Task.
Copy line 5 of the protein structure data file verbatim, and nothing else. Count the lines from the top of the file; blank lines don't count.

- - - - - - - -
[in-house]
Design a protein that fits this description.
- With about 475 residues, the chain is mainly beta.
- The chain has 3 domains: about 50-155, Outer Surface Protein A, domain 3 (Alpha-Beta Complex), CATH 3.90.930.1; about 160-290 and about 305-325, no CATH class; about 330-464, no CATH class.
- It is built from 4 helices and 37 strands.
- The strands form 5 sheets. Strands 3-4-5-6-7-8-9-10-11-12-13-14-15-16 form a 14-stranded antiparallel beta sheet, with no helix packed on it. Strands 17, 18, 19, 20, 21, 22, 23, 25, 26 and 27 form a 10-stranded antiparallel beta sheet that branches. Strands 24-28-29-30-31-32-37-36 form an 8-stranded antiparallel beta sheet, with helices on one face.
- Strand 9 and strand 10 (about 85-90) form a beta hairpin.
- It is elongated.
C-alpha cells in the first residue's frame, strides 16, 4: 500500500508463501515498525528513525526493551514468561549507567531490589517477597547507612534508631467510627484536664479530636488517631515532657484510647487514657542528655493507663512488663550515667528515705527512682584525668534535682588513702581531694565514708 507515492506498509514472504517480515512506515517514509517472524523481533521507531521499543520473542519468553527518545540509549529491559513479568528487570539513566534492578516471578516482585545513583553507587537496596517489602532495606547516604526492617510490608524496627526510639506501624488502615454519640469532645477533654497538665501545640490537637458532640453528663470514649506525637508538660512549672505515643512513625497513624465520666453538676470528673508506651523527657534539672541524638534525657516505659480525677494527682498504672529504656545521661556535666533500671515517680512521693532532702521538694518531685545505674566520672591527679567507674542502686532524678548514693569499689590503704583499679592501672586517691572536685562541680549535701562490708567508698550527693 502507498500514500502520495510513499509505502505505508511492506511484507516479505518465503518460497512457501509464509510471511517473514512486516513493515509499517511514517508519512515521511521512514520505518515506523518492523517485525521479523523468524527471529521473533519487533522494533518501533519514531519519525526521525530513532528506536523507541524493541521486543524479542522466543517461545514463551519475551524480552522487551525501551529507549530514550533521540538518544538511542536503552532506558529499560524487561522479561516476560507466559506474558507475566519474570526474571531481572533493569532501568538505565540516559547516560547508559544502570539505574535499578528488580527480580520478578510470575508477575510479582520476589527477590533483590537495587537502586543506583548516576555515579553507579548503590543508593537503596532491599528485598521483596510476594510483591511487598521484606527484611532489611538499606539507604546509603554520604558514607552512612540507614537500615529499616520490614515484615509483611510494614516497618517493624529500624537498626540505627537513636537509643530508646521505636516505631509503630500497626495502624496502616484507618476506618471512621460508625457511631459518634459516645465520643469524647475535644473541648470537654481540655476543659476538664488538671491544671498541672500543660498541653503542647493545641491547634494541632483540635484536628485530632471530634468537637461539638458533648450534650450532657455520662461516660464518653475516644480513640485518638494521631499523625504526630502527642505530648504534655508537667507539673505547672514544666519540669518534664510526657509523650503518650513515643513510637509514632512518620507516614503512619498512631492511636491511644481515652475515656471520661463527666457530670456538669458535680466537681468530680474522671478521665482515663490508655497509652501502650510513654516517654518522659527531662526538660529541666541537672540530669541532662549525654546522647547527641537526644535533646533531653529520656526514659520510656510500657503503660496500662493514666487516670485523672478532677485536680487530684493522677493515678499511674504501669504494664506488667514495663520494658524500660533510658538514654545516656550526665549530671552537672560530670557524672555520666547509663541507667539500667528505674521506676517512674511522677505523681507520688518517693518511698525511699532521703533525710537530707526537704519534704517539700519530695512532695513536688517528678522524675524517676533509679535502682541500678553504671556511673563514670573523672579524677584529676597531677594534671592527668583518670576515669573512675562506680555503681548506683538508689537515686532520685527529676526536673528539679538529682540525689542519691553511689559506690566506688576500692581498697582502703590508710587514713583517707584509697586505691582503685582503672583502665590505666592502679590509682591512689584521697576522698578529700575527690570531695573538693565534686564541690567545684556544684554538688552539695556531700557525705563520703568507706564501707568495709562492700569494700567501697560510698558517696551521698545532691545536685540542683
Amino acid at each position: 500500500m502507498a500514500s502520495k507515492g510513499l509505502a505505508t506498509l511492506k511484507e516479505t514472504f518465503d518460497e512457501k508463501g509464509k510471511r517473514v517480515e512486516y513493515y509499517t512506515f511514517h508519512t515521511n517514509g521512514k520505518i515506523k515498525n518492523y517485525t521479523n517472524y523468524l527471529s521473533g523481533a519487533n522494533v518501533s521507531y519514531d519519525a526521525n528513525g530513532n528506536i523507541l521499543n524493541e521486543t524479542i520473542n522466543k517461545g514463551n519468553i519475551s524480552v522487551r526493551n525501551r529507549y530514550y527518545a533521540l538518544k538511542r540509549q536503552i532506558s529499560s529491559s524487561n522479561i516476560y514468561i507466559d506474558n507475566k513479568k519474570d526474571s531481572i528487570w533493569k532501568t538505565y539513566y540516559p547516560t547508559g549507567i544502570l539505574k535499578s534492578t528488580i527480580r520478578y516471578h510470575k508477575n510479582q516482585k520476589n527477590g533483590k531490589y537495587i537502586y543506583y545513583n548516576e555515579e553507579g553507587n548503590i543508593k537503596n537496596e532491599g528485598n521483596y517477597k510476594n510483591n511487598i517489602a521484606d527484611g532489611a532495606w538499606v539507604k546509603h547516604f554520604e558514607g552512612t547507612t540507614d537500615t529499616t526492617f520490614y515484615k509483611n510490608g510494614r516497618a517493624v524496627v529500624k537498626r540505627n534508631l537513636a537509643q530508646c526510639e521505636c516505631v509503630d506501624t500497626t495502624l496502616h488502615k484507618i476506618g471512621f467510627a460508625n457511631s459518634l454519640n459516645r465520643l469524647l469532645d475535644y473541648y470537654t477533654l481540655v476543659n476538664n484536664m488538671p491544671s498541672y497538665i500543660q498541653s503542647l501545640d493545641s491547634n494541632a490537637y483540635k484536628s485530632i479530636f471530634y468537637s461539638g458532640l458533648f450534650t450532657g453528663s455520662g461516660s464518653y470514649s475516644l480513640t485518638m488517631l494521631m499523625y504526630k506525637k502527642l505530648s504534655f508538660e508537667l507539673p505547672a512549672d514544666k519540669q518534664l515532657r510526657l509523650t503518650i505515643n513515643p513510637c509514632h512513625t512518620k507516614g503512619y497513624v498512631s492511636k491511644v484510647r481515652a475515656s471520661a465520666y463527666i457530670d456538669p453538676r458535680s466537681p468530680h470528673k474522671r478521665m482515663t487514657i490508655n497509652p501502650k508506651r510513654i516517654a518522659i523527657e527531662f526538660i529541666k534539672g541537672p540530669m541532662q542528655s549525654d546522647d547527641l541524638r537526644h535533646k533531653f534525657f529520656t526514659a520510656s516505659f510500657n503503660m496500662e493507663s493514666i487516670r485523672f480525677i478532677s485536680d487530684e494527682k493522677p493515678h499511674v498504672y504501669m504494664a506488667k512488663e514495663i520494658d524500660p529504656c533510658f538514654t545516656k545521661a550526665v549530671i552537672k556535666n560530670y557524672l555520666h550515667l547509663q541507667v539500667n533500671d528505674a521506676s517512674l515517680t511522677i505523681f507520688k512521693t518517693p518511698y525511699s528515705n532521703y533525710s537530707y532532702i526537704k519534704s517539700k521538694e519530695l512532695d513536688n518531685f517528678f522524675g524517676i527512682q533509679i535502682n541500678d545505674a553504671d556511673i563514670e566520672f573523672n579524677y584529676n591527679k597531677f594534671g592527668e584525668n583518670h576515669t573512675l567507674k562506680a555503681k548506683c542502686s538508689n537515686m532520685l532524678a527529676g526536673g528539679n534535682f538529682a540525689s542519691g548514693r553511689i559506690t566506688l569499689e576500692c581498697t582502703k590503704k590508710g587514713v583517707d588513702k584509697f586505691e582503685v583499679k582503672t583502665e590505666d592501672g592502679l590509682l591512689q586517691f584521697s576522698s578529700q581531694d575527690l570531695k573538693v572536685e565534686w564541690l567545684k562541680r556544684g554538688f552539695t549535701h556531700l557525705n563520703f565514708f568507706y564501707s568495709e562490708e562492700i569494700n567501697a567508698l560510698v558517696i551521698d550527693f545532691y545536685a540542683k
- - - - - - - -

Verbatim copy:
- It is built from 4 helices and 37 strands.